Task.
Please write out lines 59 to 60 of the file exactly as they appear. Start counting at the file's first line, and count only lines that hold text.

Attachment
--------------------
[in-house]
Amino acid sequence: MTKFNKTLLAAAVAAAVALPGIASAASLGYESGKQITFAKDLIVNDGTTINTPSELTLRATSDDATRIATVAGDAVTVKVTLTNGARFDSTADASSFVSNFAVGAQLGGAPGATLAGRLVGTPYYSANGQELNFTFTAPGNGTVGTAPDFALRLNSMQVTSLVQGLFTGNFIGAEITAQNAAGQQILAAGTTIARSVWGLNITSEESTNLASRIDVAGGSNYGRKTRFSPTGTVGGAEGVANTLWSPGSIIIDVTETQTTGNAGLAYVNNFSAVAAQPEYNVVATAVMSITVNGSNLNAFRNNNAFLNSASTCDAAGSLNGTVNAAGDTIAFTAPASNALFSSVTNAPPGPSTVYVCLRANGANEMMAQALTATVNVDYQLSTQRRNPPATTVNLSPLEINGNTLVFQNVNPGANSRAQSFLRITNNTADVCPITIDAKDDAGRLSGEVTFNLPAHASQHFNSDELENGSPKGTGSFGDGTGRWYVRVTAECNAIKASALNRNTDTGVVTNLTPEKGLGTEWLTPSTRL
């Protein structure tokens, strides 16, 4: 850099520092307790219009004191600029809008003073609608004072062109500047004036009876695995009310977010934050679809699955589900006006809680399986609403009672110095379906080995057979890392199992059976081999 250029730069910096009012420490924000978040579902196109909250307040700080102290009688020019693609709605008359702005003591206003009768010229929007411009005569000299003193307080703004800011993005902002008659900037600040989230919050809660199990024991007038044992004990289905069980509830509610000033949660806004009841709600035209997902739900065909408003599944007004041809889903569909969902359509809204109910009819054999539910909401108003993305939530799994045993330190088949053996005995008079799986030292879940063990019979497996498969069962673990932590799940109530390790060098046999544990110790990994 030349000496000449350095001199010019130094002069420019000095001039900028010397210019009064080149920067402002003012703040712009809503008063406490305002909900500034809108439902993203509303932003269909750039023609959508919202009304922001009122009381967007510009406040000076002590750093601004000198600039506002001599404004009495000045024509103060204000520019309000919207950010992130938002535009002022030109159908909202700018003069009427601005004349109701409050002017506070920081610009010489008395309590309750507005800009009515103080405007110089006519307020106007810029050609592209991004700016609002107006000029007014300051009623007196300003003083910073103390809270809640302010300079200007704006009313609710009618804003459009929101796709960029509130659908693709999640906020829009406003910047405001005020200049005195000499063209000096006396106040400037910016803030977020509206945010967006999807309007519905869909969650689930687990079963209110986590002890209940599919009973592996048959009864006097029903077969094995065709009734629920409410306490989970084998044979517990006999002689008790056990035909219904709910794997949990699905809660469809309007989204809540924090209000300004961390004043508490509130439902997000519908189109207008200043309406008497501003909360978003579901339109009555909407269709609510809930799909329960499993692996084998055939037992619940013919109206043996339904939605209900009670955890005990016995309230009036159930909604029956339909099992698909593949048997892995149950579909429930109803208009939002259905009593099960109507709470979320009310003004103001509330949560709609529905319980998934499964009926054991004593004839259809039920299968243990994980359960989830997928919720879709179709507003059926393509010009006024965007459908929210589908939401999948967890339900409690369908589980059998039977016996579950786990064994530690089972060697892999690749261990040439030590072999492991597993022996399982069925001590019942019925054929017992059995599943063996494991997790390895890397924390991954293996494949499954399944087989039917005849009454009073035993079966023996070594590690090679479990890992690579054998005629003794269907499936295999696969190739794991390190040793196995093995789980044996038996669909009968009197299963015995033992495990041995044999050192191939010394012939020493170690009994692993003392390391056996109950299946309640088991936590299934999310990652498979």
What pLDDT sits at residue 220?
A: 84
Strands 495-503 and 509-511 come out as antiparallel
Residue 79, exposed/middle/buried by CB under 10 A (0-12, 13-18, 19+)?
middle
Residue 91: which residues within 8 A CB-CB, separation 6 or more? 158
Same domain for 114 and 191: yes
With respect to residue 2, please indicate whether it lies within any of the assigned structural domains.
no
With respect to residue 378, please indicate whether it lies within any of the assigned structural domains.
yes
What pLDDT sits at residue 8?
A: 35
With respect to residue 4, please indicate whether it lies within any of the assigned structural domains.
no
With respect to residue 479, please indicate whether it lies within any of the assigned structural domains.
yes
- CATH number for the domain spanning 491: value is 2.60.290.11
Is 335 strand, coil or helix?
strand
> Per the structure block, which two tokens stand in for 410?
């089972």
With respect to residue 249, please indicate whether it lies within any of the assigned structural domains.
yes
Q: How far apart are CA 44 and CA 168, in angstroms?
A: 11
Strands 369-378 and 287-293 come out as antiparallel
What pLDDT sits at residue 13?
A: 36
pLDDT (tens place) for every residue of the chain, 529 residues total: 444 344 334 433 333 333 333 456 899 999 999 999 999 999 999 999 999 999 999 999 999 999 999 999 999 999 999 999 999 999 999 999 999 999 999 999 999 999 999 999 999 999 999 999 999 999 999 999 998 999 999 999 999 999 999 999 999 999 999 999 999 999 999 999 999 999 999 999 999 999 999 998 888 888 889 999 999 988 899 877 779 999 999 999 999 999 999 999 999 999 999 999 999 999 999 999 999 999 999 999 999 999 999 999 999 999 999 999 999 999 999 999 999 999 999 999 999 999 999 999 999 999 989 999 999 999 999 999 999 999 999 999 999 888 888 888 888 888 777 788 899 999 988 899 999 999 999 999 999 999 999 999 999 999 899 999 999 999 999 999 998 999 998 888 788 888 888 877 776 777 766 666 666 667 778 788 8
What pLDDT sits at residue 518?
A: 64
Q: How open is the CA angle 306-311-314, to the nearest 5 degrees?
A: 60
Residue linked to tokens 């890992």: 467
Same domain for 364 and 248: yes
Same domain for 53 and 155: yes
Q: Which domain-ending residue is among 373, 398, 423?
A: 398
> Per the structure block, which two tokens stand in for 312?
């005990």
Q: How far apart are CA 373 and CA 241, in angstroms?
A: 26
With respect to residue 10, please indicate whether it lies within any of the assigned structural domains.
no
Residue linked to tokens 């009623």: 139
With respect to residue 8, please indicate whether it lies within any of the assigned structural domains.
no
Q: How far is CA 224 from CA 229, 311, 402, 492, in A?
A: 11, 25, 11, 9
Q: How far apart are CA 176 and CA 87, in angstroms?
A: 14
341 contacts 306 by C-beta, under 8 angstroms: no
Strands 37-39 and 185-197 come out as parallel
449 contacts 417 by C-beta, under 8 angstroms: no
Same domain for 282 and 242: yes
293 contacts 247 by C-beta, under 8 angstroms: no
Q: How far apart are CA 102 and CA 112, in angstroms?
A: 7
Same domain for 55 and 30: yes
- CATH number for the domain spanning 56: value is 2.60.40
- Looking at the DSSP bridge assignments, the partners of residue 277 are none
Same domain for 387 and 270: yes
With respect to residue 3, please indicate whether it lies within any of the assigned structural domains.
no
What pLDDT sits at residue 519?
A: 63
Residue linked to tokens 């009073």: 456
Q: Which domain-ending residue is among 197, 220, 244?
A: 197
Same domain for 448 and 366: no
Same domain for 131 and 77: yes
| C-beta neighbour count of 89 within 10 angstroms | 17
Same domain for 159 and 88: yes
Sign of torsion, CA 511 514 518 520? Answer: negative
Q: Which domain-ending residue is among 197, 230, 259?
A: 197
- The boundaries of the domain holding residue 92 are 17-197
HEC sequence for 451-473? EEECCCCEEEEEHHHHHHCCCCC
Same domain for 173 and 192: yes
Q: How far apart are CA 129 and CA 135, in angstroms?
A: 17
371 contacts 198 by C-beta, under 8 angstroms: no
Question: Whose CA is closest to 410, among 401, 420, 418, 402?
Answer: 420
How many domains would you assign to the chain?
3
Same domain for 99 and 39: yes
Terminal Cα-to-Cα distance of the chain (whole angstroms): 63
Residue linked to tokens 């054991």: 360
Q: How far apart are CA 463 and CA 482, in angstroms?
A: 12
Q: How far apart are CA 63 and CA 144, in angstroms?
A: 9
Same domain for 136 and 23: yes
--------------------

Same domain for 282 and 242: yes
293 contacts 247 by C-beta, under 8 angstroms: no